Reorientation and Reconciliation with respect to personal sin, guilt, and weakness, the existence of evil, suffering, and death, and tensions between science and faith.

    (c)Then returning to the external world as human action:
    Personal dialogue where you begin interpret external events as God speaking to you, and you answer through your own actions.
    Social and Ritual behavior

    These matters cannot objectively prove the existence of a God (whether personal or impersonal), but, as I hope to demonstrate, they do constitute the core of religious experience for believers. They provide the ground of experience on which reasoned and feeling assessments of the validity and worth of faith are based. They encompass the ways in which spirituality is manifest in history and symbol. They are the wine—and doctrine the wine-bottles. To argue and contend about doctrine is to emphasize the wine skin over the wine. In Alma’s terms, it is to emphasize what you think you “know” over what ultimately gives “cause to believe” (Alma 32:18).

    Kevin Christensen
    Bethel Park, PA

  2. Hi,
    I, too, am L.D.S. I stumbled on your blog tonight and am so happy I did. You have a very intelligent, educated, and respectful approach to some difficult topics.

    As far as answering your question, I have one simple answer: I believe in God because I NEED to. My belief keeps my life vital and in tact. Atheism feels like a black hole to me. Belief is fulfillment.

  3. Thaddeus — I don’t know why it took me so long to come across this post, but I just saw it. I must say, your response was wonderful and I really enjoyed reading what you have to say.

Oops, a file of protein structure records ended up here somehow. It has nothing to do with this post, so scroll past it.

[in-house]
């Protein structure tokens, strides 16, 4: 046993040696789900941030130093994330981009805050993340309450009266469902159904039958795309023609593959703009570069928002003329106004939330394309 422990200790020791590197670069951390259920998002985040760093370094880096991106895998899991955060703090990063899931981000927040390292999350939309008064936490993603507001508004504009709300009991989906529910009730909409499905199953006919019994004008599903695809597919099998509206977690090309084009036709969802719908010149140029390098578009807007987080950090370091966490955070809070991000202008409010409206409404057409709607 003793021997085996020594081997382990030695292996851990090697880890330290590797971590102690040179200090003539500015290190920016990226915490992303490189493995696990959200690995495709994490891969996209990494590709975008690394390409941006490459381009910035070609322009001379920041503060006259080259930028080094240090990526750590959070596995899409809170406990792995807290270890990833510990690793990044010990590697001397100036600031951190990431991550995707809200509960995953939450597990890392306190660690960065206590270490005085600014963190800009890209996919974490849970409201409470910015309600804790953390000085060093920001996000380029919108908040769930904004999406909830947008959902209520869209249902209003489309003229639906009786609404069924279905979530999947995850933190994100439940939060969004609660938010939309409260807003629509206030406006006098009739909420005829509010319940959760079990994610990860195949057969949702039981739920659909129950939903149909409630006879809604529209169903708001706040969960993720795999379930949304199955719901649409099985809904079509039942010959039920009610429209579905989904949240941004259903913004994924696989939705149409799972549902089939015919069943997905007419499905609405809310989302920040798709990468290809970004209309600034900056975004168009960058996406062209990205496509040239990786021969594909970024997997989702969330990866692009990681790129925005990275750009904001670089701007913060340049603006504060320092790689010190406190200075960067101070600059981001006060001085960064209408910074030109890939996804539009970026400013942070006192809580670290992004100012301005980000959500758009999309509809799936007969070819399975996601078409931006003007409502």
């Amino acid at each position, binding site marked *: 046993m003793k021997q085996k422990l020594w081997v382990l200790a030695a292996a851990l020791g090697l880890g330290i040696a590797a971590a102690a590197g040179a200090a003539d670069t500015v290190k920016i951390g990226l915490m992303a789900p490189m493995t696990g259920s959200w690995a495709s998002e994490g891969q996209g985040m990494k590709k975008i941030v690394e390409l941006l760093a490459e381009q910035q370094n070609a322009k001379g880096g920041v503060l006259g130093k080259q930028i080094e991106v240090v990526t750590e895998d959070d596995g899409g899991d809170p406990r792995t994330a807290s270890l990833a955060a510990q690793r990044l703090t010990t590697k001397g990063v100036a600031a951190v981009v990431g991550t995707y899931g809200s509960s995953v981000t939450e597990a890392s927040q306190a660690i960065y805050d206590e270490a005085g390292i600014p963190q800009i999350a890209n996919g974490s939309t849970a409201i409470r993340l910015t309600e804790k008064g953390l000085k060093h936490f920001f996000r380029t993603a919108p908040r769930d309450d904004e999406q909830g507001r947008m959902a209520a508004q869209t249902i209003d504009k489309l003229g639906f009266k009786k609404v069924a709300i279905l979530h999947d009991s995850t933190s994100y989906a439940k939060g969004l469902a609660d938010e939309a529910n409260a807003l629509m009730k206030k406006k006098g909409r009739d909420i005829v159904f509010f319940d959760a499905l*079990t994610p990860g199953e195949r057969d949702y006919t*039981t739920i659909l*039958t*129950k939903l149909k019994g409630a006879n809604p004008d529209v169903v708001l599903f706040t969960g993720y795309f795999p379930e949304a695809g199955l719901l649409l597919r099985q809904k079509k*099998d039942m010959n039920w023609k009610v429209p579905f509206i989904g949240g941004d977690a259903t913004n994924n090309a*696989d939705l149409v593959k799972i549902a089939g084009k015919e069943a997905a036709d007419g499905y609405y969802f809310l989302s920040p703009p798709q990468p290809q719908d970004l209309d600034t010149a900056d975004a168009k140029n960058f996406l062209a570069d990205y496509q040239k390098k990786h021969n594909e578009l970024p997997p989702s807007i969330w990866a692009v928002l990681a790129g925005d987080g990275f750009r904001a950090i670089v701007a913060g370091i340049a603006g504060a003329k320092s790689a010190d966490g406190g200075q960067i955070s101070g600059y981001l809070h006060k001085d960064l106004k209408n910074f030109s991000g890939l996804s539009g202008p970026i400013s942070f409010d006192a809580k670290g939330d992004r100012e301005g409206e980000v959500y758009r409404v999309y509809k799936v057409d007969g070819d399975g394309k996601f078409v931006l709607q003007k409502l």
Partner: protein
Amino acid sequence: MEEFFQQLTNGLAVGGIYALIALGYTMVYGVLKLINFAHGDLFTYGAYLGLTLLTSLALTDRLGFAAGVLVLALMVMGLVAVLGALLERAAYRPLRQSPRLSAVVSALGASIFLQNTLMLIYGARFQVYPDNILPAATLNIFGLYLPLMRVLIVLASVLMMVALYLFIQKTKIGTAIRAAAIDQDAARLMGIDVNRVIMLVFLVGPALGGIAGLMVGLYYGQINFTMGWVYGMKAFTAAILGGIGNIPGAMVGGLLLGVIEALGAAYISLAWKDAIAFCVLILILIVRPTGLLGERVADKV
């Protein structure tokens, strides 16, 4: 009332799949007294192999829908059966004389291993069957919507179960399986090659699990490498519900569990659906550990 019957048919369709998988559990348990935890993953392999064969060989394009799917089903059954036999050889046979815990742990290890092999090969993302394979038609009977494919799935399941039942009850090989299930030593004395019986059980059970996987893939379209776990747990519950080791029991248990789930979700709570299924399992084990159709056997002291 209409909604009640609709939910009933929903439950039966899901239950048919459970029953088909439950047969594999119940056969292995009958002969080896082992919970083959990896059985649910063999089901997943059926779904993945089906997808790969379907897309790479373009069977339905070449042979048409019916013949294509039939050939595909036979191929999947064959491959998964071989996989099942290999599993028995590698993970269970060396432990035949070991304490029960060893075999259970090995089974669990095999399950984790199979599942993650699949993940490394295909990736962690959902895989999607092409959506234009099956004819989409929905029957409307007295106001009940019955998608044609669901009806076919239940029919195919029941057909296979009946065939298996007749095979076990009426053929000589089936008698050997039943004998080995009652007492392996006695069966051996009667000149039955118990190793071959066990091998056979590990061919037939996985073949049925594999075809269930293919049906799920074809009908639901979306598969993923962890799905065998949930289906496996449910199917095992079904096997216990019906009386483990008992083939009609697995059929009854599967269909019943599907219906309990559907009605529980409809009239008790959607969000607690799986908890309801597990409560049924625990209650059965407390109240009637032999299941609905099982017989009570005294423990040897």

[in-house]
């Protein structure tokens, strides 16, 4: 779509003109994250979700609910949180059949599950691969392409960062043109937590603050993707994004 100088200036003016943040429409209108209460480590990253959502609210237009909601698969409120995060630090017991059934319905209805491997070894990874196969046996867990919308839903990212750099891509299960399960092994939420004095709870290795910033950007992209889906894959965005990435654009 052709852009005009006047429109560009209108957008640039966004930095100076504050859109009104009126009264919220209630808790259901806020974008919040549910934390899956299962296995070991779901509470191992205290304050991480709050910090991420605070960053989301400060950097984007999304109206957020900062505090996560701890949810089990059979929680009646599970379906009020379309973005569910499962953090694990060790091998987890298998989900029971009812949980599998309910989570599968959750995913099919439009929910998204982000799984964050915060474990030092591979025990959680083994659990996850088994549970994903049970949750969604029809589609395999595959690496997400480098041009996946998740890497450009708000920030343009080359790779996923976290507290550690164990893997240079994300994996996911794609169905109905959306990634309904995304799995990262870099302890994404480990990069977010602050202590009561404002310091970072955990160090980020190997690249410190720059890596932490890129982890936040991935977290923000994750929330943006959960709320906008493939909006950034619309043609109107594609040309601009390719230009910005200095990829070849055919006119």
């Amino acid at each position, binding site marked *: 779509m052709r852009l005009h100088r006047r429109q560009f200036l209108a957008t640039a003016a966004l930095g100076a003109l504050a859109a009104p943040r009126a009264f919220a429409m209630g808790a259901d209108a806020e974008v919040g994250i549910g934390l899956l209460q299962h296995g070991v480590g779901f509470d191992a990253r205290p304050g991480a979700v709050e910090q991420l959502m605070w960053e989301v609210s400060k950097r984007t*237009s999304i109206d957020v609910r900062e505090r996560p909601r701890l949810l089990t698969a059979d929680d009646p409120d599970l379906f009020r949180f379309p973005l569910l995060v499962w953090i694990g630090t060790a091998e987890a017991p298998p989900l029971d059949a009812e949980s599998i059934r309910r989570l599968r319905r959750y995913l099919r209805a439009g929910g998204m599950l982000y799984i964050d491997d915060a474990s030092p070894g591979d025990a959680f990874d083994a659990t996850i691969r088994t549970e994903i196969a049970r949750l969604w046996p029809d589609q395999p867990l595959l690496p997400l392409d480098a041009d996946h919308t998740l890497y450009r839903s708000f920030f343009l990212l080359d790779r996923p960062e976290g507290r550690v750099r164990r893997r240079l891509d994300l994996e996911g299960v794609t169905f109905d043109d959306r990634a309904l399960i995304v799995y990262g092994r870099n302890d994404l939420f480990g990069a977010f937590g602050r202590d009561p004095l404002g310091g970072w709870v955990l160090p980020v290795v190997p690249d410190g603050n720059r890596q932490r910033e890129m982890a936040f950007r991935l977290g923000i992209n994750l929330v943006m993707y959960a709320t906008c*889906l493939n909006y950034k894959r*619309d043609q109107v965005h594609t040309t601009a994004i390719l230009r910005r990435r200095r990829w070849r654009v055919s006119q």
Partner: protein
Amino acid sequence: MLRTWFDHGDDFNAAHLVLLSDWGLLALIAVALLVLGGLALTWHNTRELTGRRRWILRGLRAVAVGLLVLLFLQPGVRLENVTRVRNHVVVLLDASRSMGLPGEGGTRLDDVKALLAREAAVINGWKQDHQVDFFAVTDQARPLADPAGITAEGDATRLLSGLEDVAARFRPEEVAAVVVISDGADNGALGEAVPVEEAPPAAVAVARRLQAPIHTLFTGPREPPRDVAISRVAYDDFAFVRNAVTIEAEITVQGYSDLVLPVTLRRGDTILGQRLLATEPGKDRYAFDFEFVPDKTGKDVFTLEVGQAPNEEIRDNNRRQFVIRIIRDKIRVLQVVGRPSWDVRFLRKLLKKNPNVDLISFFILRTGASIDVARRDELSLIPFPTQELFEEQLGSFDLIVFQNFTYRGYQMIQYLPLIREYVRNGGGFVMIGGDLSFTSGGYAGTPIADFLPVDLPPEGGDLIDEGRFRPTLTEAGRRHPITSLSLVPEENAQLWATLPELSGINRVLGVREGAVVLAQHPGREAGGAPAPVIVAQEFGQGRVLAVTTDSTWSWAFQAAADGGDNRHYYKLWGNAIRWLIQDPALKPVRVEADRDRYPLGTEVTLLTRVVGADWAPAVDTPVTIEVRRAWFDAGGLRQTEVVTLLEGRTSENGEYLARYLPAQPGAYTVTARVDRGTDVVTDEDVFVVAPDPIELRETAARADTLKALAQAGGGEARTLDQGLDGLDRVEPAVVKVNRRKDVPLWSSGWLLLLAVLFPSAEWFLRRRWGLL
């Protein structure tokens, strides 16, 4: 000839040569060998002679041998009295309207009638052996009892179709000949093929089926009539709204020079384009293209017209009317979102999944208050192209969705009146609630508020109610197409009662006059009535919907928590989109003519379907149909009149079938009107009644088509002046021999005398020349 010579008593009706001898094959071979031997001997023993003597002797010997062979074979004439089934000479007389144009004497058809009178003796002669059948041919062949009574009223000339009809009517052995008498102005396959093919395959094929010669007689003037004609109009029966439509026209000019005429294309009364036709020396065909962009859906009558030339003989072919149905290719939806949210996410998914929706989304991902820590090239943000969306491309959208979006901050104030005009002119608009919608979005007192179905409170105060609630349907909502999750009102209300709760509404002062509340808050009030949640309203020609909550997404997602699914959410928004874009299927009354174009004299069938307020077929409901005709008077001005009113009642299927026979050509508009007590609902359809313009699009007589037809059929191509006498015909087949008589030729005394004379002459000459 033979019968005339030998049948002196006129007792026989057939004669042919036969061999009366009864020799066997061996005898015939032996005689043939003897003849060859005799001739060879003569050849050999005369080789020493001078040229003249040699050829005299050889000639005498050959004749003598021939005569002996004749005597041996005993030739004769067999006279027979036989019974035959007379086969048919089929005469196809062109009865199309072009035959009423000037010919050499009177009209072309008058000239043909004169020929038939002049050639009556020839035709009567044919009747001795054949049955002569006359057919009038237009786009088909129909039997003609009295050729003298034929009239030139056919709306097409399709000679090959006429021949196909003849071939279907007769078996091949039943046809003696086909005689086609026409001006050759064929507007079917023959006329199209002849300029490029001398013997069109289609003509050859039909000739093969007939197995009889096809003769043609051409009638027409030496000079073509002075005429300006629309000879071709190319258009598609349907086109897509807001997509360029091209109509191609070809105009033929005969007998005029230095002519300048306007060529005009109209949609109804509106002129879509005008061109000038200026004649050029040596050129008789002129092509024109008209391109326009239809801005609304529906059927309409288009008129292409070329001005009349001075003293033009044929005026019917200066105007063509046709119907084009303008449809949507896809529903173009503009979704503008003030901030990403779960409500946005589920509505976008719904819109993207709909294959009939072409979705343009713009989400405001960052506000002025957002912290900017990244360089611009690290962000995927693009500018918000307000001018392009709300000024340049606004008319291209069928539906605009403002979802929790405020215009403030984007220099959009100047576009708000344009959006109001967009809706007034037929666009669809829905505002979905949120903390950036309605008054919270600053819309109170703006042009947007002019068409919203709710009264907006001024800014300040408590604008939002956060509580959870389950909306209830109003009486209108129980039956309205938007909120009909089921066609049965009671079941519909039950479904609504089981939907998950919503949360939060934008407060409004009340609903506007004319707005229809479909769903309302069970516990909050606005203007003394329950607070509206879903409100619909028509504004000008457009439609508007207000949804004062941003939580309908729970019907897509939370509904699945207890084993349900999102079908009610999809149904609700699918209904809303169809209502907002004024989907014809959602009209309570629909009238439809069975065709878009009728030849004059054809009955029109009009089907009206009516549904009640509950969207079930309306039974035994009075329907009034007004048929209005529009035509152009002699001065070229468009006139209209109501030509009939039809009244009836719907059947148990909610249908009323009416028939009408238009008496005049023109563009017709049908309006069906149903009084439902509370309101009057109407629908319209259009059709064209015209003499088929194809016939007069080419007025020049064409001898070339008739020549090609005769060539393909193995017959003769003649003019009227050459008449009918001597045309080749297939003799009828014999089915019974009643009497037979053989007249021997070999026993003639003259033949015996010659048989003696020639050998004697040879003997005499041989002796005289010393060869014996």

I often find it difficult to explain to the faithful why I do not believe in god. My reasons are very clear to me, but they often just do not make sense to believers. I think of “aha” moments (light bulb moments, revelatory moments) when I think of people’s convictions. Someone can tell you why they believe or why they don’t believe, but until you have an “aha” moment either way, it doesn’t necessarily “sink in.”

    See? I’m inarticulate even now! :)

    Anyway, my point here is that I truly appreciated your answer to that question and found it illuminating and very well put.

  4. David

    LDS practice Polygamy in the Temple. My neighbor and Bishop has married his second wife. He said he will have two wives in the Celestial Kingdom.

  5. Thaddeus

    David, good point. Eternal marriage is available to everyone, and if we stay true to our covenants, even a person’s first love who has died may be reunited with them after the resurrection.

    It’s a powerful and uplifting doctrine. I’m curious why you brought it up here, though. Definitely wasn’t the topic at hand…

    Let’s continue the discussion of plural marriage here.

  6. Brandon

    Just stumbled onto this in trying to understand why people believe the things they do. One question — how do you know that the feelings you’ve felt are the Holy Ghost talking to you? Peaceful feelings are wonderful, but I’m trying to understand how you made the jump from feeling peaceful to knowing that the Spirit is talking to you. Can you elaborate?